Research examining the effect of health promotion behaviors as a self-compassion measure to reduce compassion fatigue and burnout links the potential positive influence that improvement of self-compassion attitudes and behaviors is likely to improve resilience to stress and increase compassion towards others [2,21,22,23]. Establishing clear linkages between self-compassion in HCPs and compassionate care using comparative research studies is in the early stages of scientific discovery. In a cross-sectional study of nurses in New Zealand at risk for burnout, authors noted that greater burnout levels predicted greater barriers to compassion while self-compassion predicted fewer barriers. In addition, nurses with greater amounts of self-compassion attitudes and behaviors had lower association between burnout and burnout related barriers to compassion [24]. Two pilot studies evaluating the relationship between improved self-compassion and compassion toward others involved an eight-week mindful self-compassion training course found that participants had improved markers of self-compassion [23]. The first study examined pre- and post-test scores in self-compassion, mindfulness, and various wellbeing outcomes among community adults, and the second was randomized controlled trial that compared a treatment group with a waitlist control group [23]. Preliminary outcomes of both studies suggested that improved self-compassion and mindfulness was significantly positively correlated with compassion towards others and improvement on scores assessing burnout factors such as life satisfaction, avoidance, depression, anxiety, and stress, with all improvements maintained at 6-month follow-up [23].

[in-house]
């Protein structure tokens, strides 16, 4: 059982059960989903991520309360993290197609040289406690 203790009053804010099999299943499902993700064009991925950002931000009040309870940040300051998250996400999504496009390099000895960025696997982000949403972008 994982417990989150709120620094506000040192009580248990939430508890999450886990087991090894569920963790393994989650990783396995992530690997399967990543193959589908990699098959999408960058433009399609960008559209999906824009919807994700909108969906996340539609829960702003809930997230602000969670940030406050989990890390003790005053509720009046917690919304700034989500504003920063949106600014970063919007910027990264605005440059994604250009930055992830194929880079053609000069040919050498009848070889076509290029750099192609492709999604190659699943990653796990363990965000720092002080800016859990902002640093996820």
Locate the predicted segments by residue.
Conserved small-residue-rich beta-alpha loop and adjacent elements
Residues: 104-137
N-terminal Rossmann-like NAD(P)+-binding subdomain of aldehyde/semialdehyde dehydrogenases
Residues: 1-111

Negative self-expectations that increase anxiety, self-doubt and feelings of inadequacy have been hypothesized as factors that decrease self-compassion and increase stress [5]. For example, all HCPs are trained to utilize assessments and treatments that have been published in scientific journals, or in national databases, that have been validated using clinical research methodology for obvious reasons. However, for practitioners in small practices, parsing the literature can be daunting and the idea of conducting and publishing their own research is intimidating, and rarely seen as practical given competing priorities of daily life and patient demands [25]. Research is usually expected to include conventional research methodologies that rely on the gold-standard: double-blind, randomized controlled clinical trial (RCT). While this methodology may give a feeling of security and confidence regarding treatments and outcomes, the rigor under which RCT’s are conducted risk loss of “face validity”, external validity, and generalizability in “real world” situations. This is in large part due to overcontrolled restriction of participant variables [25]. Many people who are seen in typical “real-world” clinical practice present with numerous, complex problems, lifestyle complications and pre-existing health problems [26]. Potential participants in RCT’s with these common complexities present too many potentially confounding variables for a traditional RCT, and are therefore excluded from most, if not all, clinical trials [25,26].